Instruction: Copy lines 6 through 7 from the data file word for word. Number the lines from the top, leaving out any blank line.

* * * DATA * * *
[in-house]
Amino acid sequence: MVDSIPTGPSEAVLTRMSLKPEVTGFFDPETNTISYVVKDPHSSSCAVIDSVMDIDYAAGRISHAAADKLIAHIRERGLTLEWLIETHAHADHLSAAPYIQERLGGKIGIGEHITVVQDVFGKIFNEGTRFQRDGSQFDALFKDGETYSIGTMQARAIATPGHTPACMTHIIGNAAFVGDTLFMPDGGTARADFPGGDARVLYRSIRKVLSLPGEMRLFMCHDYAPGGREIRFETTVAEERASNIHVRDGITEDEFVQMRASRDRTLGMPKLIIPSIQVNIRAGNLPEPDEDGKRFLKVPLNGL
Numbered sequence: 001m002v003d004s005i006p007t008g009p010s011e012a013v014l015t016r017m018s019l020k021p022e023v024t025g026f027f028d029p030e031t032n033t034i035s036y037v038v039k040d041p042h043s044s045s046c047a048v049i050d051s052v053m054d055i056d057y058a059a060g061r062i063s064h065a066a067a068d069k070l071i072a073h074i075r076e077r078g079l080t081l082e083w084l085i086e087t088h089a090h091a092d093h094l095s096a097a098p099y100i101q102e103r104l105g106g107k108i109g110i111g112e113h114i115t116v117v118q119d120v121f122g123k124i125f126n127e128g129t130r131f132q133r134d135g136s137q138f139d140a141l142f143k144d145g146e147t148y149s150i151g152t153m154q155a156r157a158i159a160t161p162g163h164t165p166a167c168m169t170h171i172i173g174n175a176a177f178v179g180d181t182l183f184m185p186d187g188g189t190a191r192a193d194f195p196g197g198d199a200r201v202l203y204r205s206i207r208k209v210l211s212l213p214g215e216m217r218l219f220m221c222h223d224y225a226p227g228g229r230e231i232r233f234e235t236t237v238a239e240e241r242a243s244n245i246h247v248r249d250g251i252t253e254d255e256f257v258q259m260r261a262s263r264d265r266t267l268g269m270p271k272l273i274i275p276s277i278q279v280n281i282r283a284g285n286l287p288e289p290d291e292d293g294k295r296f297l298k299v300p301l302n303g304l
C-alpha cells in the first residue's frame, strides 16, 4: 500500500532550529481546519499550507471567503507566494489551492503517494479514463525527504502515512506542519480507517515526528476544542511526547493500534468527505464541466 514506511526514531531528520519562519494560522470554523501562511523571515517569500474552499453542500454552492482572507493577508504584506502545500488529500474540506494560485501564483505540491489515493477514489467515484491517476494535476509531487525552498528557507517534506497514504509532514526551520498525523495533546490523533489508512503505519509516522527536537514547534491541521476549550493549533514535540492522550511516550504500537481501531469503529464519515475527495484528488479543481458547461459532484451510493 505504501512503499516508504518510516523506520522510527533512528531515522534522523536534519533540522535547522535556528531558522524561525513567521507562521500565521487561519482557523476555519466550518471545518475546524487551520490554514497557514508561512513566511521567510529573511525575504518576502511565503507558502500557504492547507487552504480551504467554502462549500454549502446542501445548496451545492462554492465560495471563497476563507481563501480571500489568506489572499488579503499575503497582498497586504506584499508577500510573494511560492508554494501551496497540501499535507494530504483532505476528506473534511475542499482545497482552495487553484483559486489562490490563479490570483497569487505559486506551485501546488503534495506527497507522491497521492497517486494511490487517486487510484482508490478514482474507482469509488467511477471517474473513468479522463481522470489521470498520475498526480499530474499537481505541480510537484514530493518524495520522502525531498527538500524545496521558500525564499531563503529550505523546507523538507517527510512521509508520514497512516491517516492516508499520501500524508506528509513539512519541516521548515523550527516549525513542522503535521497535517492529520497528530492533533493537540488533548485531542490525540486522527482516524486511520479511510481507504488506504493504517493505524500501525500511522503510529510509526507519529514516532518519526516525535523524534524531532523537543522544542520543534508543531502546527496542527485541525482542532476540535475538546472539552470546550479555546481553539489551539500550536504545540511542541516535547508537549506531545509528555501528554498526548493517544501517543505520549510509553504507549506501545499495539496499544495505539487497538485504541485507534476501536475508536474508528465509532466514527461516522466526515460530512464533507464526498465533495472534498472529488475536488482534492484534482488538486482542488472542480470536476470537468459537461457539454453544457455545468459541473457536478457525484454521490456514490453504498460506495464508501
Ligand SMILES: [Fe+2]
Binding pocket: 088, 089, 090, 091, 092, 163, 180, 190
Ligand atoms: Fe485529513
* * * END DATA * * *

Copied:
Binding pocket: 088, 089, 090, 091, 092, 163, 180, 190
Ligand atoms: Fe485529513